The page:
If you are a landlord or second home owner in Scotland it is important that you are aware of the taxes you must pay when you purchase a buy-to-let property or holiday home.

Nicky Lloyd, Head of ESPC Lettings, says: “When buying a second home, the issue of tax can be overwhelming, but it is important to know your responsibilities as a landlord and be aware of the tax you are required to pay on your properties.”

What is LBTT?

Land and Buildings Transaction Tax (LBTT), Scotland’s version of stamp duty, is a tax which applies to residential and commercial property purchases in Scotland.

How much LBTT will I have to pay?

The amount of LBTT you will pay on your residential property will depend on how much it cost you to buy the property. There are several LBTT bands and each one has a percentage of tax applied to it.

The current rates and bands are listed in the table below:

Purchase price LBTT rate
Up to £145,000 0%
£145,001 to £250,000 2%
£250,001 to £325,000 5%
£325,001 to £750,000 10%
Over £750,000 12%

What about the ADS charge?

The Additional Dwelling Supplement (ADS) charge is a surcharge that applies to most second home purchases in addition to the LBTT payment.

In December 2022, the Scottish Government raised ADS from 4% to 6% as part of the Scottish Budget.

If you are buying a residential property in Scotland and you already own a home, you will need to pay the 6% ADS charge.

Relief from ADS charge

If you plan to sell your original property, you can claim the ADS amount back if you sell your home within 18 months.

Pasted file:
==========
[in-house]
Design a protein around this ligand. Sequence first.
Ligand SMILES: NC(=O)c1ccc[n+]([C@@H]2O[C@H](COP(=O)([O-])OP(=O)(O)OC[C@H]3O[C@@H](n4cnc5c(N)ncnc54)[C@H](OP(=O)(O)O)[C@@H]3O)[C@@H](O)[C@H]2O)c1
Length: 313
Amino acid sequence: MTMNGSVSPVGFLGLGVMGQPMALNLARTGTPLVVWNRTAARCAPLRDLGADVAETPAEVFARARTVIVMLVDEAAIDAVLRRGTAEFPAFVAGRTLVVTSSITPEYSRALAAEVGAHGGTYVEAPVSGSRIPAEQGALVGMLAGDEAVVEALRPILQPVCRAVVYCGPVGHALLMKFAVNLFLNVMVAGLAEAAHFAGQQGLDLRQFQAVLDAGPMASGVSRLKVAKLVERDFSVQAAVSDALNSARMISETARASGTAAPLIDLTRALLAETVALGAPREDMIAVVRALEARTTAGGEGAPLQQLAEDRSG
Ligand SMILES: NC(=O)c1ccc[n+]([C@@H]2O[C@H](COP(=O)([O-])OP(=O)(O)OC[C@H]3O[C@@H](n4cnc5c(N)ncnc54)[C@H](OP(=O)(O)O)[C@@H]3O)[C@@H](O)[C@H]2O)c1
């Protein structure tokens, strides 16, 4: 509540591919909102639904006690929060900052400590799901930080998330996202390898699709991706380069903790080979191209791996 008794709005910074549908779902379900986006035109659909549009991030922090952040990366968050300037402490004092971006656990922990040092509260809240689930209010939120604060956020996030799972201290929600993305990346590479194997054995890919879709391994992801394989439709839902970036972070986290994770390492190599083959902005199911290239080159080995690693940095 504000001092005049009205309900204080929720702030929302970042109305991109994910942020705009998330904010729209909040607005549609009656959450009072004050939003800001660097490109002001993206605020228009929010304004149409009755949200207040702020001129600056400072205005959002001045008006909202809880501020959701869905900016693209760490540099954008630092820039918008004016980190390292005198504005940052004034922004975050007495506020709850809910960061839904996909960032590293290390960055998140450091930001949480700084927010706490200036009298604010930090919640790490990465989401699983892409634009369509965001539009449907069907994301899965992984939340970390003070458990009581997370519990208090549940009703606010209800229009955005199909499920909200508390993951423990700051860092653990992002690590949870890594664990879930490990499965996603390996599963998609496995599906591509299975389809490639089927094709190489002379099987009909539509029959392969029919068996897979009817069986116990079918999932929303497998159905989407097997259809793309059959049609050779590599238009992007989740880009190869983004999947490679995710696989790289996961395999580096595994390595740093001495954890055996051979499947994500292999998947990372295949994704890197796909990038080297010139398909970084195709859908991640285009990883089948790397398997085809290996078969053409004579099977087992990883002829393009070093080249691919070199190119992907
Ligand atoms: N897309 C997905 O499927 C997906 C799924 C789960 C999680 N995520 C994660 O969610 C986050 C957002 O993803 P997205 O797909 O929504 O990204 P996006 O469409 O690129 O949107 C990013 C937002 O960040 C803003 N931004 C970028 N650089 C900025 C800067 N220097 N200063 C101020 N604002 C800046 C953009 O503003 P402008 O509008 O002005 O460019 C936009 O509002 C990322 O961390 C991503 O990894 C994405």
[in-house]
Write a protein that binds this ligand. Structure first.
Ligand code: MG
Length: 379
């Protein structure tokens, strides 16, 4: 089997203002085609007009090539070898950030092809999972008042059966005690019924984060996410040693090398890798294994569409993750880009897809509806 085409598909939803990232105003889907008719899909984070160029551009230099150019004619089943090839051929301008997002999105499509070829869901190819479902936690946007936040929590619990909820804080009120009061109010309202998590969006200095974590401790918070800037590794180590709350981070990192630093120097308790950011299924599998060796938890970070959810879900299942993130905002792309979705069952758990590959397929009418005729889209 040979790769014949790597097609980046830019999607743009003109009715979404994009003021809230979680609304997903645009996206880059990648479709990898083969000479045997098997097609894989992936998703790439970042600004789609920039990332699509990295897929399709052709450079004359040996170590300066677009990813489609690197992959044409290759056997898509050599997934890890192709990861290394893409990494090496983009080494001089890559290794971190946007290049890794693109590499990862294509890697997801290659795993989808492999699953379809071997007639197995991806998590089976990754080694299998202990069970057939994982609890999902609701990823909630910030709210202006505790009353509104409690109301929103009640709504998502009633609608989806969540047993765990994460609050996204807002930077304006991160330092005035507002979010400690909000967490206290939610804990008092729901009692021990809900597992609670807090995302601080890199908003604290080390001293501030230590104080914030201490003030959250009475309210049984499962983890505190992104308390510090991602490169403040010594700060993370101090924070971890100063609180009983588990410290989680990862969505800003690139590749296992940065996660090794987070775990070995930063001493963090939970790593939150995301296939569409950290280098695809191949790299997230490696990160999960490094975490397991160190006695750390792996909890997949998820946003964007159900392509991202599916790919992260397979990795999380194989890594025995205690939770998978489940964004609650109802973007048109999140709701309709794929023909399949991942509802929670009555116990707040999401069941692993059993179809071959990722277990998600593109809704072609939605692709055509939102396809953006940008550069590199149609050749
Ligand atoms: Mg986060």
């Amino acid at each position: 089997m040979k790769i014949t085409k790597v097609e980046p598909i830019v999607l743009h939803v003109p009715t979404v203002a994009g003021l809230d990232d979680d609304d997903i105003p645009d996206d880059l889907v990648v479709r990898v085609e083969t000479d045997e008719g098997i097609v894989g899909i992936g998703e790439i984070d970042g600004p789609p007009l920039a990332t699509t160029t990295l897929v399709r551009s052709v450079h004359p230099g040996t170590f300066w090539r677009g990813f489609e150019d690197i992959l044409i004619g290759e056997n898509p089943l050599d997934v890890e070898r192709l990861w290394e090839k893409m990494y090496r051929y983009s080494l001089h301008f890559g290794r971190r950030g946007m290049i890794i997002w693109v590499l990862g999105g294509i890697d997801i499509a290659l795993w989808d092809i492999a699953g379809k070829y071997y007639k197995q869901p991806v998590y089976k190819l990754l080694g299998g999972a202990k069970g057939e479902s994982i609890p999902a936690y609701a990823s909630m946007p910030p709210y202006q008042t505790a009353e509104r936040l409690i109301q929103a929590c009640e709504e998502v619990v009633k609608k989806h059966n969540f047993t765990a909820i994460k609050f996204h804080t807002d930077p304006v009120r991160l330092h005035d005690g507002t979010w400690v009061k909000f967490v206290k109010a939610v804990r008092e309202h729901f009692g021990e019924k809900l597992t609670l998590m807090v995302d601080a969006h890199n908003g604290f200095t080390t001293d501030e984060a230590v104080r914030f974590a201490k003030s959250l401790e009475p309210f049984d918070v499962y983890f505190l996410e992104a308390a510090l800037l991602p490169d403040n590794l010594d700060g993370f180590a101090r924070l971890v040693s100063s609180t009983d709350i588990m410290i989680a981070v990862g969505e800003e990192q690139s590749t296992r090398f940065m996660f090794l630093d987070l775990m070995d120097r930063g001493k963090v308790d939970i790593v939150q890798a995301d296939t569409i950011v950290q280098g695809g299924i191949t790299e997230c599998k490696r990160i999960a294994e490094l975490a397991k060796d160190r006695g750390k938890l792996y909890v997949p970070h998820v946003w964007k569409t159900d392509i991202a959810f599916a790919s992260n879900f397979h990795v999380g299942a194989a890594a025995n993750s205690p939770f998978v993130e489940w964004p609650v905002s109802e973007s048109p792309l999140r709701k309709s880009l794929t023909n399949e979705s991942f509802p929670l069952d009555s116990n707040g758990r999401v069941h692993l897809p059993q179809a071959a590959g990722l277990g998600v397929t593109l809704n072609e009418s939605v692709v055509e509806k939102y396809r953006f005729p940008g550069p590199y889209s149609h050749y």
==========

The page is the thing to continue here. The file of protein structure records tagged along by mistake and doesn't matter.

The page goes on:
Other circumstances where you can avoid the ADS charge include if the property is gifted or inherited. There are also ADS charge exceptions available to spouses, civil partners and co-habitants who both have an existing home but want to buy a main property for them to live in together.

If you are building a portfolio of six or more properties in a single or linked purchase, this type of transaction can be treated as non-residential and therefore avoids ADS.


Income tax

If you are a landlord in Scotland, the first £1000 of your yearly rental income is tax free. This is called your ‘property allowance.’

Allowable expenses you can claim include letting agency fees, utility and council bills paid by you, maintenance and repairs (but not renovating or improvements beyond wear and tear), property advertising costs, accountancy fees and buildings and contents insurance.

To work out how much income tax you owe, deduct all your allowable expenses for the year from your annual rental income. The net amount is the profit for the year which is taxable.

The amount of tax you pay on your rental income will hinge on how much tax you pay on your other earnings. A basic rate taxpayer will pay 20% while a higher rate taxpayer will pay 41%.

Capital Gains Tax

If you own a buy-to-let portfolio, you will have to pay Capital Gains Tax (CGT) if you sell any of your rental properties.

Any capital gain must be recorded in your self-assessment tax return for the tax year in which you sold the rental property. This is calculated as the amount you receive for the property, less the amount you paid for it and any additional money you have put towards adding value to the property, such as a renovation or an extension.